It’s interesting that the guy we think in the first half is the bad guy is replaced by one who is much more sinister and truly despicable. It changes the horror movie dynamics of the plot into something decidedly mundane. Murder for cold hard cash. 

Christine has to wake up to a harsh truth. Her past was a lie. Paul was never the wonderful husband she took him to be, but a gold-digging Bluebeard with a habit of bumping off wives for their inheritance. When the dead return, they not only defile their own image and memorial, they are a source of utter terror.

In the end Alexis is not beyond redemption and not quite the scoundrel he - and others - thought him to be. He saves Christine when she tumbles down the cliffs and ultimately takes a bullet for Janet when Paul wants to shoot her.

Of course the ending is Code-imposed, both Alexis and Paul must die, though it also becomes clear that before life can go on ghosts and illusions - both imagined and real - must be laid to rest. Christine can only be free if her fool's paradise is destroyed. Her whole past was a construct of wishes and rose-colored memories. 

Before he dies Alexis admits to Janet who he's come to love: 
"Don't cling to the past. I lived by feeding people's desire to escape the present, but you can't escape for long.”
Life is in the present. Alexis doesn't want Janet to make the same mistake as her sister. The dead must lie in their graves, easy or not.

The Amazing Mr. X is an incredibly watchable movie despite its occasional shortcomings and certain indisputably campy interludes.


  1. I'm an Eagle-Lion fan (so many nostalgic favourites), and a fan of Turhan Bey, but I haven't seen this film you describe so vividly and interestingly. You and YouTube are my friends.

    1. Thank you so much. :) The youtube print is OK, this movie is really worth buying. The new DVD is stunning.

      It seems Turhan Bey was mostly a horror actor, so I guess that's why he was unknown to me.

    2. Hey, I'm not adverse to buying DVDs. Thanks.

      Here's an Eagle-Lion fave of mine you might get a kick out of. I have only seen it on YouTube in a not-so-great print, but it is a fun comedy detour down an alley off of your mean street: http://www.caftanwoman.com/2015/03/the-luck-of-irish-blog-othon-george.html

    3. Eagle Lion was certainly one of the better Poverty Row studios who made many little gems.

      I do need a little break from my depressing movies occasionally. The Luck of the Irish is still on youtube, I'll check it out.

    4. Ignore what I just wrote. The movie is of course Out of the Blue, NOT The Luck of the Irish. Out of the Blue is also still on youtube. Looks really cute.

    5. I knew you knew what you were talking about.

  2. This sounds very interesting. I love the joy of discovering a little known film. Thanks for the introduction to this! Great review. Maddy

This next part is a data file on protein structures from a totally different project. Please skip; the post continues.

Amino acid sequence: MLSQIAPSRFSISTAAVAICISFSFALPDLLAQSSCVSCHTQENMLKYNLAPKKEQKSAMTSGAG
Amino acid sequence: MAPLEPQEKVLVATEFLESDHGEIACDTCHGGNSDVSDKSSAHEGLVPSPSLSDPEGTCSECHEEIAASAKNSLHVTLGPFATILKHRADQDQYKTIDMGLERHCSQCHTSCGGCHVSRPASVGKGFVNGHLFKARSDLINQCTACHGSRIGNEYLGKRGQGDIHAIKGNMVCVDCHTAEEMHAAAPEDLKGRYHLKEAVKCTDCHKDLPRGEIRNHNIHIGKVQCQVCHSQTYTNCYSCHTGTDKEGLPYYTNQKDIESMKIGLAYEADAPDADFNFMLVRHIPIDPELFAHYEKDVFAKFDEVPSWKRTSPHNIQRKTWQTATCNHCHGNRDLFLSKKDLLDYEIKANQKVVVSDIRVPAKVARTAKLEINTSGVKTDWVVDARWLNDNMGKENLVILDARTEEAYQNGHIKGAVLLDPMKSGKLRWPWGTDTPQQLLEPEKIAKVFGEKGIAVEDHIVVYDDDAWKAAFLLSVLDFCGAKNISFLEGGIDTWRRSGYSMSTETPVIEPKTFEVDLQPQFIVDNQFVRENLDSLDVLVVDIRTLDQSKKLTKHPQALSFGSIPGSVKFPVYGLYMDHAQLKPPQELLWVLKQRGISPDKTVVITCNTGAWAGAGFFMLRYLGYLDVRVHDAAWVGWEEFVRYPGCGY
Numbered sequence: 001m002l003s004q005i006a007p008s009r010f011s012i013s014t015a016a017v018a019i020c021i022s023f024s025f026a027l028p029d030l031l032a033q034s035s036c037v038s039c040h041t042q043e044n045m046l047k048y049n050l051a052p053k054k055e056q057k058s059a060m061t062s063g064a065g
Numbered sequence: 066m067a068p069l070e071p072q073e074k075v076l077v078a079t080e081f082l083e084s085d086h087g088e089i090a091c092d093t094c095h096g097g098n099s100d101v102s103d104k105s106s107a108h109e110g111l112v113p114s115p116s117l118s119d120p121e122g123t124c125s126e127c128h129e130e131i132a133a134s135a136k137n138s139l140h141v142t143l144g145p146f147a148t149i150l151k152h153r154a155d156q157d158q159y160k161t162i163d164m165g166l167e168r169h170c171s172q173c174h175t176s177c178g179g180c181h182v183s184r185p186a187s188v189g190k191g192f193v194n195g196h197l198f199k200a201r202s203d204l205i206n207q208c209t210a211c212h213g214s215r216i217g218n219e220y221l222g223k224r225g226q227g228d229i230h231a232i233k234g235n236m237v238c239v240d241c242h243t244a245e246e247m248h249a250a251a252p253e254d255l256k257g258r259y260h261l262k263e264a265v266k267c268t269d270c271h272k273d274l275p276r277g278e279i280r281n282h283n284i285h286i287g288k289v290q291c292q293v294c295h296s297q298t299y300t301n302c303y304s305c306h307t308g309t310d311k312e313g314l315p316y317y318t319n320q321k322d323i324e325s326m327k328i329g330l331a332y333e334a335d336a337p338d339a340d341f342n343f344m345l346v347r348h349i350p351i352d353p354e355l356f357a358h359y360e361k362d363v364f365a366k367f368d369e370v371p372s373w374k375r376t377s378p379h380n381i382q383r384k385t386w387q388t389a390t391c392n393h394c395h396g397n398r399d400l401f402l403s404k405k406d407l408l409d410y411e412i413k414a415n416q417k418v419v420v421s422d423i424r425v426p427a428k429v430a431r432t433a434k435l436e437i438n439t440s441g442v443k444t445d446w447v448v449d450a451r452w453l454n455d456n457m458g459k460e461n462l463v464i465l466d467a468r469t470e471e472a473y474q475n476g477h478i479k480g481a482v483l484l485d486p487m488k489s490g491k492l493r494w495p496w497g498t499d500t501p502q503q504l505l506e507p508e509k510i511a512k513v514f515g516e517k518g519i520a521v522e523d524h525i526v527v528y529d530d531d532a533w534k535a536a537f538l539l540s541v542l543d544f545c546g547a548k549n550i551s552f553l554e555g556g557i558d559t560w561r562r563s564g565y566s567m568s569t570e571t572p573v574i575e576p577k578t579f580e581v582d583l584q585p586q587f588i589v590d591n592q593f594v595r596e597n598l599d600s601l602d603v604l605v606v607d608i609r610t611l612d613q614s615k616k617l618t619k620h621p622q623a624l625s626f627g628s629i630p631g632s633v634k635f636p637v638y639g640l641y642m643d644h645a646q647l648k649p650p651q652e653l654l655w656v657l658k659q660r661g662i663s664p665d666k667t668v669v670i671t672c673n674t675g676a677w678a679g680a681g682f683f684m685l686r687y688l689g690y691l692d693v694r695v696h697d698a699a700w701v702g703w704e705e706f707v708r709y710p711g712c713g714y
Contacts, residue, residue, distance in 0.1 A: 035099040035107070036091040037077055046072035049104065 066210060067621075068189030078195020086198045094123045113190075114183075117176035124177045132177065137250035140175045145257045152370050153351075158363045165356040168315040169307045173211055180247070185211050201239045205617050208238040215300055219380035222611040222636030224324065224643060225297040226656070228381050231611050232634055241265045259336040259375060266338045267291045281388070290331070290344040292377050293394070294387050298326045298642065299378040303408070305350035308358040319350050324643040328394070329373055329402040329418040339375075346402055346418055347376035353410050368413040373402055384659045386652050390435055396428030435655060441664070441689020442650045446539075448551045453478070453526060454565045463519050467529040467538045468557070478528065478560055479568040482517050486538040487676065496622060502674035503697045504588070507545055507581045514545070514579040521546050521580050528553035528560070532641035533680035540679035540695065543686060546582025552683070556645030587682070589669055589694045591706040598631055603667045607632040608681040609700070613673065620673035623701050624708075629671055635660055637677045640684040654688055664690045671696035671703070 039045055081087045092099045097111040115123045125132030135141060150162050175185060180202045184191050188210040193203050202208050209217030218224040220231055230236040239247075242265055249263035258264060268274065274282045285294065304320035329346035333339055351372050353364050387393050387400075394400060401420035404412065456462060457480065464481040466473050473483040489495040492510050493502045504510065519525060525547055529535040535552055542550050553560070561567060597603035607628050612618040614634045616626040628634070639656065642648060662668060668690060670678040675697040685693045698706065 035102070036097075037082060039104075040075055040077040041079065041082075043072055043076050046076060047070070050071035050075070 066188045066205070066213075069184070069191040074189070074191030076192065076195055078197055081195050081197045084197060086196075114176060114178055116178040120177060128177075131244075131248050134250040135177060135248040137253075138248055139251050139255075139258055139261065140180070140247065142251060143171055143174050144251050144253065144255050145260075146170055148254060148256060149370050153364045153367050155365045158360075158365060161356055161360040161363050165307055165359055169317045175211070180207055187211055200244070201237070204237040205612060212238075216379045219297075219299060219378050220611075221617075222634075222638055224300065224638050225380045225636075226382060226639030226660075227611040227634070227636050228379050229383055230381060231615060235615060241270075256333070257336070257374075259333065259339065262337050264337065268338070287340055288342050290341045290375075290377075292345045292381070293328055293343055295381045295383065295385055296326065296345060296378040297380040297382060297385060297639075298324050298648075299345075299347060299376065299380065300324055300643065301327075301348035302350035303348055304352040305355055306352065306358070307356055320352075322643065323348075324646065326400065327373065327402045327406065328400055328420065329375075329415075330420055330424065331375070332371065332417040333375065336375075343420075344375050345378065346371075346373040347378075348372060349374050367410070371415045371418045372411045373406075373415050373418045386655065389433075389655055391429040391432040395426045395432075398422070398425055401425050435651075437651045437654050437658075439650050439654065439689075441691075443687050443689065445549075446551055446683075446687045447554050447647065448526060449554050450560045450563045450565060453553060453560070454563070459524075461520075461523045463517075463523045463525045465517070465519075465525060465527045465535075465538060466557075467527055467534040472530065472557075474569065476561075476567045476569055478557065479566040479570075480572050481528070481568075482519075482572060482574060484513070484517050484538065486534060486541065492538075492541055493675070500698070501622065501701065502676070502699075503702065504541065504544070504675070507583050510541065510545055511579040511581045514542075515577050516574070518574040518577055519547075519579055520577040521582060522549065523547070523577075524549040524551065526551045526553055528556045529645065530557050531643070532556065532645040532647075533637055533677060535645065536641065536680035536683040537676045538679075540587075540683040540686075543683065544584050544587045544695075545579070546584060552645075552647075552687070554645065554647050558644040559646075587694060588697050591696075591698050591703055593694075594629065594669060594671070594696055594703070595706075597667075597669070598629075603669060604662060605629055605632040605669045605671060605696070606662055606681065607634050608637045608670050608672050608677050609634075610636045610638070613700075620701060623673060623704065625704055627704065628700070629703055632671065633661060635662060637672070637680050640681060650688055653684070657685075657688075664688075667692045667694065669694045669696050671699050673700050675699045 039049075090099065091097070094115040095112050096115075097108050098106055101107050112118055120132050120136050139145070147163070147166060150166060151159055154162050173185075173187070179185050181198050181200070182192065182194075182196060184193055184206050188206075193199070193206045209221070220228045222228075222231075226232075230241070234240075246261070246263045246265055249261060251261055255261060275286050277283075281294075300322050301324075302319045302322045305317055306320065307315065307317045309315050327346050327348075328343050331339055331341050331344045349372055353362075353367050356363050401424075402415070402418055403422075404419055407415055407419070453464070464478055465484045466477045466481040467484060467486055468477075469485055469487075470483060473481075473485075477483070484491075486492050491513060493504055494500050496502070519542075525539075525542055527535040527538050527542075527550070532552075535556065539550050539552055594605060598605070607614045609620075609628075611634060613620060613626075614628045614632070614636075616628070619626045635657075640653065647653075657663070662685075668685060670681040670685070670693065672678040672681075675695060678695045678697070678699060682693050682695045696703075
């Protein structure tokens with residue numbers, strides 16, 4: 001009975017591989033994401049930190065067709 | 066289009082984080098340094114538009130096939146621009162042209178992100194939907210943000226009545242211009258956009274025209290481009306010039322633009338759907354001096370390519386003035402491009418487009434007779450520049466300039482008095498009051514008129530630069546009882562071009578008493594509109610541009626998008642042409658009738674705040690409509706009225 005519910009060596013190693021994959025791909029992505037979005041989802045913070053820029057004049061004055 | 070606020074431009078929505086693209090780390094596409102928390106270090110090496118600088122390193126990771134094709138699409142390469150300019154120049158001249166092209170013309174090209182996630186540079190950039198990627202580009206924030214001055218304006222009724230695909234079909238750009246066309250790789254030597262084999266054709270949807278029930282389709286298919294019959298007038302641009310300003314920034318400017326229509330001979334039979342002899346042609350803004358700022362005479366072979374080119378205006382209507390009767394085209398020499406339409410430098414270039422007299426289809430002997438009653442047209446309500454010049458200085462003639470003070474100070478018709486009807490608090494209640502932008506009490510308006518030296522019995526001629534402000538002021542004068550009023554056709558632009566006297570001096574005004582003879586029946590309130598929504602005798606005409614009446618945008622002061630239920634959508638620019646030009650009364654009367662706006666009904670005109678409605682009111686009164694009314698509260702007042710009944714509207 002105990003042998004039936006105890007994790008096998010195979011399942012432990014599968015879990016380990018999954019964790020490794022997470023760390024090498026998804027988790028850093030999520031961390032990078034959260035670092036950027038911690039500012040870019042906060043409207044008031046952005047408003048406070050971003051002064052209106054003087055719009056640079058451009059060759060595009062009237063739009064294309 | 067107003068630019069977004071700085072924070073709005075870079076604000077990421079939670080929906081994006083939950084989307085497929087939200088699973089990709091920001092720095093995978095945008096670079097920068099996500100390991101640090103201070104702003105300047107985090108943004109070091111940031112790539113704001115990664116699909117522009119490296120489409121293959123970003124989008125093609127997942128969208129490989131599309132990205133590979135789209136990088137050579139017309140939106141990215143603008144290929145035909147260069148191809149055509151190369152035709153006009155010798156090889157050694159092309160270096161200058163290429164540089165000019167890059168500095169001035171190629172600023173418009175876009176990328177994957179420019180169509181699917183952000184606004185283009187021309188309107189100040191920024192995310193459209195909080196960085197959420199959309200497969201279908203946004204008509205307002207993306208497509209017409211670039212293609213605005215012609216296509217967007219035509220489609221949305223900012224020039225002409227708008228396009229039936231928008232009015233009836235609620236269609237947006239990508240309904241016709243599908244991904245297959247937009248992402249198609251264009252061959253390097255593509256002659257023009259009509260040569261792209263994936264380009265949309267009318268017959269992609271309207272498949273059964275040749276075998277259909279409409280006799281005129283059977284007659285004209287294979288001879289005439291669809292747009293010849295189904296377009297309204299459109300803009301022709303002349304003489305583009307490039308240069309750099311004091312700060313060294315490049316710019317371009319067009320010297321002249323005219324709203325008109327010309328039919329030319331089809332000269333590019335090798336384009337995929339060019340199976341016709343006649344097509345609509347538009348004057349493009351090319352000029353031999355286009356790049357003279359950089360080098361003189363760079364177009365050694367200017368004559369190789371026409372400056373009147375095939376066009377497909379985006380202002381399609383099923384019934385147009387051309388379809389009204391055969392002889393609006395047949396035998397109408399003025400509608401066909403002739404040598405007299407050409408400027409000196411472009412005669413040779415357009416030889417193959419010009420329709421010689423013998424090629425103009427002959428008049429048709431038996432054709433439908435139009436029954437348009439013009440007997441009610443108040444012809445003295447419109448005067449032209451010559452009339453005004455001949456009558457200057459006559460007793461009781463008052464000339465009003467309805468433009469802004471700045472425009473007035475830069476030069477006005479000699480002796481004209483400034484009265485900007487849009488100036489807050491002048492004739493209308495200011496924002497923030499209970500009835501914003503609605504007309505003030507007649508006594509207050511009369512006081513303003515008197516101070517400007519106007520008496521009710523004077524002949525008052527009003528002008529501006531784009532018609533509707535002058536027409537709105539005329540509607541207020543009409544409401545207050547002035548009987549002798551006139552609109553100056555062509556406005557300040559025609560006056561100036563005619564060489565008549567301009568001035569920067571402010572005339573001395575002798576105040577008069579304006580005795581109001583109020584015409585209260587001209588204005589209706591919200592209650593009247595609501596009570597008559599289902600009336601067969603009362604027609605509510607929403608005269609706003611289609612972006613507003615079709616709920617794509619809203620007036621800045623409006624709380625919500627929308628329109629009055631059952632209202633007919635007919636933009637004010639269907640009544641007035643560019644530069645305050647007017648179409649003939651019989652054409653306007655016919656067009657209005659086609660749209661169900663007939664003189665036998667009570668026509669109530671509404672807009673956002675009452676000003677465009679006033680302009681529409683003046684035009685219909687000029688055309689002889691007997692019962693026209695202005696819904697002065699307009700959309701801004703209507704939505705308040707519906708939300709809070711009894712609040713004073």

3. Nice review, glad you enjoyed it too.

  4. Eagle-Lion was not Poverty Row it was J. Arthur Rank, with the deepest of deep pockets attempting to make an inroad to the American Distribution market. They were absorbed after some two years by United Artists. Now PRC was poverty row and they along with a few other lesser outfits were absorbed by Rank/Eagle-Lion.

    1. I would most certainly put Eagle Lion in the ranks of Poverty Row. You're right, it certainly wasn't the bottom of the barrel, but it also was not Republic - the Cadillac of PR - which at some time made the jump to the "better" studios.

      Nowadays Eagle Lion is known for having produced many (lesser) classics - such as Raw Deal and T-Men, and Anthony Mann worked there too - but at the time, Eagle was neither one of the major studios nor one of the minor studios like Universal and Columbia. If you want to we can call it an independent studio with lots of talent in their ranks, or an in-betweener.

    2. Republic was also, not Poverty Row. And you can tell by the people they had there making big bucks, such as, John Ford, Raoul Walsh, Frank Borzage, Frank Lloyd, Fritz Lang, John Wayne, Maureen O'Hara, Ray Milland, Orson Welles, and a significant list beyond those people.

    3. That is what I said. Republic was never wholly a PR outfit. Later it was too successful to truly fit the bill, especially with John Wayne and John Ford on board. At a certain point it jumped to the minor majors.

      Eagle Lion I still call quasi PR.

  5. And not Allied Artists either. They grew out of real poverty row Monogram, but Allied had money to spend and look at the talent they attracted: Gary cooper, Audrey Hepburn, Bill Wilder, and later on John Huston, Michael Cine, Sean Connery. As for Eagle-Lion, anyone can call them small and be right, but poverty row studios were called that for a reason.

  6. Not really about opinion, but okay. Oh, and I think your articles are outstanding. Insightful and good reading.